Georgia lawmakers denounced antisemitic protests seen in at least two Jewish places of worship, as well as antisemitic fliers in the state over the weekend.
"There is absolutely no place for this hate and antisemitism in our state," said Gov. Brian Kemp in an online statement. "I share in the outrage over this shameful act and stand with Georgians everywhere in condemning it. We remain vigilant in the face of these disgusting acts of bigotry."
The news comes just a few months after the Anti-Defamation League (ADL) found that antisemitic incidents surged to historic levels in 2022. The U.S. saw a total of 3,697 incidents reported across the nation in 2022, the highest level of antisemitic activity since the ADL started keeping records in 1979, according to the organization.
Cobb County Police say 11 protesters targeted Chabad of Cobb, a synagogue and Jewish community center. In footage of the protest, captured by ABC affiliate WSB-TV, protesters could be seen waving Nazi flags in front of the community center and shouting hate speech.
Leaders of Chabad of Cobb say they are working closely with county officials and law enforcement to ensure the safety of their patrons. Cobb County Police officials say the protesters are believed to be part of a small affiliation from various states across the U.S.
"Ultimately, we must remember that the most potent response to darkness is to increase in light," said Chabad of Cobb in a statement. "Let's use this unfortunate incident to increase in acts of goodness and kindness, Jewish pride and greater Jewish engagement."
Temple Beth Israel, a synagogue in Macon, Georgia, was also the target of an antisemitic protest, with demonstrators allegedly shouting obscenities and hate speech.
Temple Beth Israel's Rabbi Elizabeth Bahar said the community will continue to "stand united against hatred and bigotry in all of its forms. We reject the poisonous ideologies which seeks to divide, and instead celebrate and embrace the timeless teachings of our faith."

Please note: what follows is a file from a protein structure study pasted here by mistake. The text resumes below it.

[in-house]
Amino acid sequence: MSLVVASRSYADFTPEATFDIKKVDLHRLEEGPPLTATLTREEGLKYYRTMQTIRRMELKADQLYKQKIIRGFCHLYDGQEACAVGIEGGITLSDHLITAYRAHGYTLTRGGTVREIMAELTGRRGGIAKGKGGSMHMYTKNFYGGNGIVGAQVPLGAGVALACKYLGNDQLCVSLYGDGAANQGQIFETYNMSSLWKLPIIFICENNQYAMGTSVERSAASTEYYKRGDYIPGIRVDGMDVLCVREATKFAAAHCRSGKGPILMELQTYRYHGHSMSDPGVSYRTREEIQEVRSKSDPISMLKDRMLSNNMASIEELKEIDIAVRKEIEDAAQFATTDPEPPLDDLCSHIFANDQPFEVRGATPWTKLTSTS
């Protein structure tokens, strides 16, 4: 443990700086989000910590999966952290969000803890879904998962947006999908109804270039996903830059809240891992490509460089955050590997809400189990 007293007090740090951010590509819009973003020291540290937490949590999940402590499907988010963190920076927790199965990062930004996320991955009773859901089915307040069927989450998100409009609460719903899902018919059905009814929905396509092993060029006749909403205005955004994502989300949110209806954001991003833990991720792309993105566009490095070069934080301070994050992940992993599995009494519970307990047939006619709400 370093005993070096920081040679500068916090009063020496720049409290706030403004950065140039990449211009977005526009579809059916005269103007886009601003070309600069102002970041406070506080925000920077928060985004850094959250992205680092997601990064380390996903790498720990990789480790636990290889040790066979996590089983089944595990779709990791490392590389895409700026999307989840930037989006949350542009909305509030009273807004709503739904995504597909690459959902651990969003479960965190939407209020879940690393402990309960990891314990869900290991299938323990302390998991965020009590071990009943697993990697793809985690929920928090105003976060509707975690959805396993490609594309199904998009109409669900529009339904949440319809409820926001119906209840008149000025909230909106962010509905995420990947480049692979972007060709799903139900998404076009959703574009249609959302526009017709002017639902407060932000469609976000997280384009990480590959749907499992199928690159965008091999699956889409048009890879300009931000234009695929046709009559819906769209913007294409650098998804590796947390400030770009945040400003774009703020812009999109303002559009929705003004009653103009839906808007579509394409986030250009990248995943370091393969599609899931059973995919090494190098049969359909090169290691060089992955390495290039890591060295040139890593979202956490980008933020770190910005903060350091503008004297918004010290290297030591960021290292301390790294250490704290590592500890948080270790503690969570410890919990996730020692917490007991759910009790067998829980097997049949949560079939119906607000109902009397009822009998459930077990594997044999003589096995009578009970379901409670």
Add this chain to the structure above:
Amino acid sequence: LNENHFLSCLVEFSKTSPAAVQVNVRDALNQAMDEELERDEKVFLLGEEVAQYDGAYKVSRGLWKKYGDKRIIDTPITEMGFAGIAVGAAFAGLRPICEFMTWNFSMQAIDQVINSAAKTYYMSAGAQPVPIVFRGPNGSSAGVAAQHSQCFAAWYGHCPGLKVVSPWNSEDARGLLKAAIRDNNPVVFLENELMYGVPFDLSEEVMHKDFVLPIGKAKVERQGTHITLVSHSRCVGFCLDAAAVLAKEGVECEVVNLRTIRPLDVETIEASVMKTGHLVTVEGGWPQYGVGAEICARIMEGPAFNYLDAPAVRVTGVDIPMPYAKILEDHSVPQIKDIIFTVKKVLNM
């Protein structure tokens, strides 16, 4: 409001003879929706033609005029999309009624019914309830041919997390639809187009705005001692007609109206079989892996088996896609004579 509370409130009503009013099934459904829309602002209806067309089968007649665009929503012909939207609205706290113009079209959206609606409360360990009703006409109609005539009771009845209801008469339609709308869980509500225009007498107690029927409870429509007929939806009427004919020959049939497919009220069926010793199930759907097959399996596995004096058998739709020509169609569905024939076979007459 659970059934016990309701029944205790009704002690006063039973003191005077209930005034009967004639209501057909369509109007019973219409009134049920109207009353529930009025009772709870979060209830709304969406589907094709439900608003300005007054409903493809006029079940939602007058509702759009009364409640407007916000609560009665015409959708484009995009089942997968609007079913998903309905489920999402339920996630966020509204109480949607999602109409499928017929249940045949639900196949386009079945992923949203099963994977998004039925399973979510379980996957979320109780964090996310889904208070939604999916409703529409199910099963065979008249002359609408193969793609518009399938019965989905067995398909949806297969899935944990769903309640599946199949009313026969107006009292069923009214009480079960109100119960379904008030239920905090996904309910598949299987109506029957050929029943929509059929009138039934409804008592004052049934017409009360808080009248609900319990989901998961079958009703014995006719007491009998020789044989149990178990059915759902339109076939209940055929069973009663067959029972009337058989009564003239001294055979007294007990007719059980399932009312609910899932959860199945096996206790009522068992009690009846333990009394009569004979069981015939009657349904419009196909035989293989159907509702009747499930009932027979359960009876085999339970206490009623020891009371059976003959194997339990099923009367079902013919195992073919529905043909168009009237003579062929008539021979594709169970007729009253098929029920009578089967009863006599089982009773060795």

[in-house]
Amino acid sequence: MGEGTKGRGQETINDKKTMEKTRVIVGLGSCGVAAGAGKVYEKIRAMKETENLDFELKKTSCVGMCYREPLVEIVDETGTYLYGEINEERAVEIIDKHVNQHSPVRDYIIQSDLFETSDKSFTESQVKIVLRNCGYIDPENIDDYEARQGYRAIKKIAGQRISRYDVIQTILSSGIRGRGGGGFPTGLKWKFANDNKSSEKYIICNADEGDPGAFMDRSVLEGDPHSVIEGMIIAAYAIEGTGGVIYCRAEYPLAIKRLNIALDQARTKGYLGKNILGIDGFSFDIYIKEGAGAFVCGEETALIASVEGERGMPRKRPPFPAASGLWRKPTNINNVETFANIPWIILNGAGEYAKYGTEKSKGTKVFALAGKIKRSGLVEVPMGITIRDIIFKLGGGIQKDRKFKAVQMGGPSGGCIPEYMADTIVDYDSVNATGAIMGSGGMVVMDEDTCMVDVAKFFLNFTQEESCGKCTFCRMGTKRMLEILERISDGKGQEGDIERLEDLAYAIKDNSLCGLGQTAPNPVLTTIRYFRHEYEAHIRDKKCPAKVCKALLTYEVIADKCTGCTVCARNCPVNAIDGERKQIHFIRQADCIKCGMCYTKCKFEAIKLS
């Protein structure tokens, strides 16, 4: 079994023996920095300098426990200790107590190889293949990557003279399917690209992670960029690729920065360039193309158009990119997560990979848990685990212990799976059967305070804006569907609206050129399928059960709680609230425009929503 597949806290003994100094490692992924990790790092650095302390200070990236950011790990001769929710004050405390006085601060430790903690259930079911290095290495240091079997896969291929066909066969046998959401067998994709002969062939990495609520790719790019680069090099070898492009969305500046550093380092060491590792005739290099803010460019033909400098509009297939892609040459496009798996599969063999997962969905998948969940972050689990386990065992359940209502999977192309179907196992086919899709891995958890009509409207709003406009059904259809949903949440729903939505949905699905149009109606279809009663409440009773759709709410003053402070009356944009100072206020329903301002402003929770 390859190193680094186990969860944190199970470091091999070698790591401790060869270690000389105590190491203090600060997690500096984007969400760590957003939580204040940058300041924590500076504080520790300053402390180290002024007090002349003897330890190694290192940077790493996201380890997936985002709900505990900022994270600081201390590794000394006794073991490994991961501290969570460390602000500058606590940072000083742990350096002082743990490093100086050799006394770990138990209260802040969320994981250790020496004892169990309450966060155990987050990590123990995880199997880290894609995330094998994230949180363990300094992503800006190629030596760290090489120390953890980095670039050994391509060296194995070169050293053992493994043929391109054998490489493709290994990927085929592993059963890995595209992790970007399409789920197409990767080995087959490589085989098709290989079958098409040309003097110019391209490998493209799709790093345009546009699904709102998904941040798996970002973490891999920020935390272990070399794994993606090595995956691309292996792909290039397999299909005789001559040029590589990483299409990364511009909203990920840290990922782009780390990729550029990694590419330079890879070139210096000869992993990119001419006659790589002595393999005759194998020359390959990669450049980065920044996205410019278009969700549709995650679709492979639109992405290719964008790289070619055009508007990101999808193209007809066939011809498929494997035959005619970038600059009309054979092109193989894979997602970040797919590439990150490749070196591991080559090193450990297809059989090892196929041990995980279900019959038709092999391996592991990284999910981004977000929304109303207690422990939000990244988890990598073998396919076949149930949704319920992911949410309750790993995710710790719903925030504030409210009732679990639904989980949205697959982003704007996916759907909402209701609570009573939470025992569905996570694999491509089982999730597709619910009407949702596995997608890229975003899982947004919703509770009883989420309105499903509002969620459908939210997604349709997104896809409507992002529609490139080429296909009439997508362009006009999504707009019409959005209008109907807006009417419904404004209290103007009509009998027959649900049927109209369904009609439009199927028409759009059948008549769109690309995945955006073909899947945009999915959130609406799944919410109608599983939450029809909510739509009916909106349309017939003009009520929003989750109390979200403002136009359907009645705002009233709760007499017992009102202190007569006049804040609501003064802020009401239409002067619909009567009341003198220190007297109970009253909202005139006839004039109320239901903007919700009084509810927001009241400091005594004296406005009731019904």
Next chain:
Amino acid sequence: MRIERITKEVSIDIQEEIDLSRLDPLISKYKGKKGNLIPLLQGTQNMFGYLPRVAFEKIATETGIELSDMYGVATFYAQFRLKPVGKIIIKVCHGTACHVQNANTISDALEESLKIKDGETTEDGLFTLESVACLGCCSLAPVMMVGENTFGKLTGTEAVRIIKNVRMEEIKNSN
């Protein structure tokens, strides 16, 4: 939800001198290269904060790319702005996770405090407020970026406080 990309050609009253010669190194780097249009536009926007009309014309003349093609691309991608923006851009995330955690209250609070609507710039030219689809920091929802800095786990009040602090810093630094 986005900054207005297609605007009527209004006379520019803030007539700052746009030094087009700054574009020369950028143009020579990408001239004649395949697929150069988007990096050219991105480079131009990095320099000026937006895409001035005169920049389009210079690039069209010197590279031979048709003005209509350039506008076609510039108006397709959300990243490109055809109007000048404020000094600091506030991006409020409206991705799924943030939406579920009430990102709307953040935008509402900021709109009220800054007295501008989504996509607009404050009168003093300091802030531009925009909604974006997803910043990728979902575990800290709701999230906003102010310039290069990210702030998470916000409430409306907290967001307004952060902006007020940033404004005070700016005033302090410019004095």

Bahar continued, "Antisemitism is not a new phenomenon. It pains me greatly that today in Middle Georgia we have been forced to confront it twice," referencing the distribution of suspicious antisemitic packages and hate messages in the town of Warner Robins, Georgia.
Warner Robins Police confirmed the presence of such packages, which they say have similarly been seen in other cities across the U.S.
Local leaders, including Sen. Raphael Warnock and state Rep. Esther Panitch, spoke out against antisemitism in response to the protests.
Panitch, Georgia's only Jewish legislator, who sponsored a bill to define antisemitism in state law, applauded community members who counterprotested against demonstrators.
"Once again, white supremacists have shown themselves to be the bottom feeding haters they have always been, not contributing to society but only seeking to destroy," she said in a tweet. "Protesting on the Sabbath at a synagogue and summer camp for Jewish children couldn't be more vile."
"Yesterday we saw antisemitism on display in Macon, and now in metro Atlanta. This has got to stop," said Sen. Raphael Warnock in a tweet.
"Praying for our Jewish community in Georgia and beyond. We must all raise our voices loudly against this vile hate."